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I’ll start with the rough news: A child was shot at Cavalier Crossing apartments, near Azalea Park just off 5th Street, on Wednesday night.

Albemarle County Police called the shooting, “an isolated incident involving a drug deal.” First responders took the child to UVA Medical Center. Albemarle County Police have made no arrests and ask anyone with information to either call Detective Garrett Moore at 434-296-5807 or Crime Stoppers at 434-977-4000 or crimestoppers [AT] albemarle [DOT] org.

An old, yellowing mobil home sits on the right side of a narrow street across from a new, much larger single family home.
Credit: Credit: Mike Kropf / Charlottesville Tomorrow

If securing decent, affordable housing in Central Virginia has ever been an issue for you or someone you know, take a few minutes to complete this survey. 

Charlottesville and surrounding Albemarle, Fluvanna, Greene, Louisa and Nelson counties are granted nearly $1.2 million in federal tax money every year to address housing related issues. There are a lot of things this money can be spent on, so the groups receiving it are looking for guidance from community members. Is affordable housing more important or sidewalk repairs? Should the group invest in youth programs or gang prevention? The survey will remain open until Sunday.

How should Central Virginia spend $1 million in housing-related funding? Area consortium wants community input

The quest to address the affordable housing issues in this area is something we report on a lot. Skyrocketing housing costs are making it difficult not just for low-income, but also middle-income families to afford to live in or near the city. This is perhaps best exemplified when you look at people who are employed by our local governments. They can’t afford to live here with the salaries they get. Our local police foundation even has a program to help officers buy homes in Charlottesville, which — with a starting salary of just $50,000 — would be otherwise out of reach.

We last wrote about that program in 2017.

A man in a police officer's uniform and a woman in a blue dress stand on either side of a toddler in a red shirt. They are in front of a three story, brick house, smiling at the camera.
Credit: Courtesy: Charlottesville Police Foundation and Todd McNerney

Charlottesville Police Foundation helps officers ‘put down roots’ in Charlottesville

Since then, the problem has only gotten worse. In 2020, we took a detailed look at who could afford to live in the city and how much they were paying. What we found then was that about 17,000 Charlottesville families earning low to middle income wages were paying more than 30% of their income on housing, which many economists say is too high for families to reasonably cover other essential expenses.

A man stands before a bookshelf looking at an open book in his hand.

Affordable for whom?

In the three years since that article ran, it’s clear that many of those lower income families have left the city. How do we know this? The median household incomes in this area have increased — a lot. Between 2021 and 2022, the area median income jumped 19% for a family of four in Charlottesville and the surrounding counties, from $93,700 to $111,200.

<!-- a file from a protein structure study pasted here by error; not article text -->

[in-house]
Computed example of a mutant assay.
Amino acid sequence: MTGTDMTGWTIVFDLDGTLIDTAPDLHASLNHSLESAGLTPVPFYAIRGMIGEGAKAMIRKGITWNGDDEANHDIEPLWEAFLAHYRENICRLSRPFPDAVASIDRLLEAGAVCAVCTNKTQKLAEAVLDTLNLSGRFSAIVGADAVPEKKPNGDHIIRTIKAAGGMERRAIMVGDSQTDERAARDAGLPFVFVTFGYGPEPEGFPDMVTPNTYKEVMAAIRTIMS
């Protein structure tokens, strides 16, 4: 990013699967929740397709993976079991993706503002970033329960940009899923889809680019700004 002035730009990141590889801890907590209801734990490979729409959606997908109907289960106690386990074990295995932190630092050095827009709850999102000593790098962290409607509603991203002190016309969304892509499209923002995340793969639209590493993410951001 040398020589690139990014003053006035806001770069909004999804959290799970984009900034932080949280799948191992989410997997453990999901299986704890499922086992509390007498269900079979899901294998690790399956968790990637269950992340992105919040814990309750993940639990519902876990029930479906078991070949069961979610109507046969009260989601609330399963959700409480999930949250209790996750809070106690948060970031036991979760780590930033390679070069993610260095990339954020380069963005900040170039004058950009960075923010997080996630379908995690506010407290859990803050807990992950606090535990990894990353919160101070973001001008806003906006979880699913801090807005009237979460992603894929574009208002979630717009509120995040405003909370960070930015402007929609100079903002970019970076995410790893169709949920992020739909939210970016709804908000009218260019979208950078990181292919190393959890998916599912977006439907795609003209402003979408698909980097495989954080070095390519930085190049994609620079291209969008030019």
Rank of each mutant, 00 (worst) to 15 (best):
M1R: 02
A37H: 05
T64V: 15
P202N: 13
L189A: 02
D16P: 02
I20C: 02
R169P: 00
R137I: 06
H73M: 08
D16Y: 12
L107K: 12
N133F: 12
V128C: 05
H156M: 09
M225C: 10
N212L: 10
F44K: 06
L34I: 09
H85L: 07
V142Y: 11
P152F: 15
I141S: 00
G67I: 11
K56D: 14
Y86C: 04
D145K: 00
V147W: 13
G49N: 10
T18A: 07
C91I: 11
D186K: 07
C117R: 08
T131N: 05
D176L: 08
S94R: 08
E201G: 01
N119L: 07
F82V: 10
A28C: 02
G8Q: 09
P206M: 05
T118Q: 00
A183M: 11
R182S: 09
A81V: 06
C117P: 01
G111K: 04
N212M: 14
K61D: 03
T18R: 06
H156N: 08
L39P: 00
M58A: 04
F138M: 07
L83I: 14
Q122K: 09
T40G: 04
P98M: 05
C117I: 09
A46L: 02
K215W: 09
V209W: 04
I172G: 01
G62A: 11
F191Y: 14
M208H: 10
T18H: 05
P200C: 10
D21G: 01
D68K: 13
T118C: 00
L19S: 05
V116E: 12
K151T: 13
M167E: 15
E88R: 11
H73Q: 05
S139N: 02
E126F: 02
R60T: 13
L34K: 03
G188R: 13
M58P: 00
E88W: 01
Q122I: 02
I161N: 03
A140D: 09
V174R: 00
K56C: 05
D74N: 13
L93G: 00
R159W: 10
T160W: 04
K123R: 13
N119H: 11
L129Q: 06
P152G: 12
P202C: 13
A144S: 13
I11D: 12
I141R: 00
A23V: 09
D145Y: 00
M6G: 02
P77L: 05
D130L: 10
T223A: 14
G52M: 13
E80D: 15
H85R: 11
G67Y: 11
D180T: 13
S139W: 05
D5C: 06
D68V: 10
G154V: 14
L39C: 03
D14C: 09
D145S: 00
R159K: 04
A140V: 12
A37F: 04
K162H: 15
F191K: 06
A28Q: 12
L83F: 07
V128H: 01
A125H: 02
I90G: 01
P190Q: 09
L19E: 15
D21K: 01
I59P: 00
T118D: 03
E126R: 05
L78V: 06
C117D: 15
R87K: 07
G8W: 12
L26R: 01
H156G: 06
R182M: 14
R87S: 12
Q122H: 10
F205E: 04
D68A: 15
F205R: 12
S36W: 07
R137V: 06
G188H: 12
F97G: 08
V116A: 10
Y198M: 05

The folks we talked with for our most recent story about area median income had multiple theories about why this is happening. The most common was that very high income earners — perhaps with remote jobs — moved to Charlottesville during the pandemic, and people who earn less money left.

An older, yellow home sits in the foreground in front of a new apartment complex visible behind it.
Credit: Credit: Erin O’Hare/Charlottesville Tomorrow

In the Charlottesville area, the rich are getting richer, while the poor are getting pushed out

This is one of the key issues Charlottesville officials are trying to address by re-writing the city’s zoning codes. We’ve written about this a lot, too. Basically, officials plan to “upzone” the entire city, allowing for higher density development — everywhere. There’s disagreement about whether increasing housing density (which would allow more people to live here) will do anything for housing prices, so the proposed new zoning ordinance also includes rules and incentives for developers to build lower-cost units.

The first draft of the new zoning code — along with a detailed map — came out last week. If you haven’t yet, officials are still seeking community feedback.

A map of a city shows different areas colored in various shades or orange, purple and teal.
Credit: Screenshot from Cville Plans Together

Charlottesville’s draft zoning map is out — and the city wants to know what you think of it

Finally, some personal news: This spring, we’ll have a new CEO! Giles Morris is stepping down in April, and our Editor-in-Chief Angilee Shah will replace him. We’ll miss Giles and his unrelenting drive to bring sustainable and equitable journalism to this community. But what he built will continue. I’ve worked with Angilee now for 14 months, and I can tell you that her vision for people-centered, community-driven journalism is exactly what this newsroom and this community needs.

Thanks for reading,

Jessie Higgins, managing editor

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Jessie Higgins

I'm Charlottesville Tomorrow's managing editor and health and safety reporter. If there’s something you think we should be investigating, please email me at jhiggins@cvilletomorrow.org! And you can follow all the work we do by subscribing to our free newsletter! Hablo español, y quiero mantener a la comunidad hispanohablante informada. Si tienes preguntas o información que debo saber, por favor, envíame un correo electrónico a jhiggins@cvilletomorrow.org.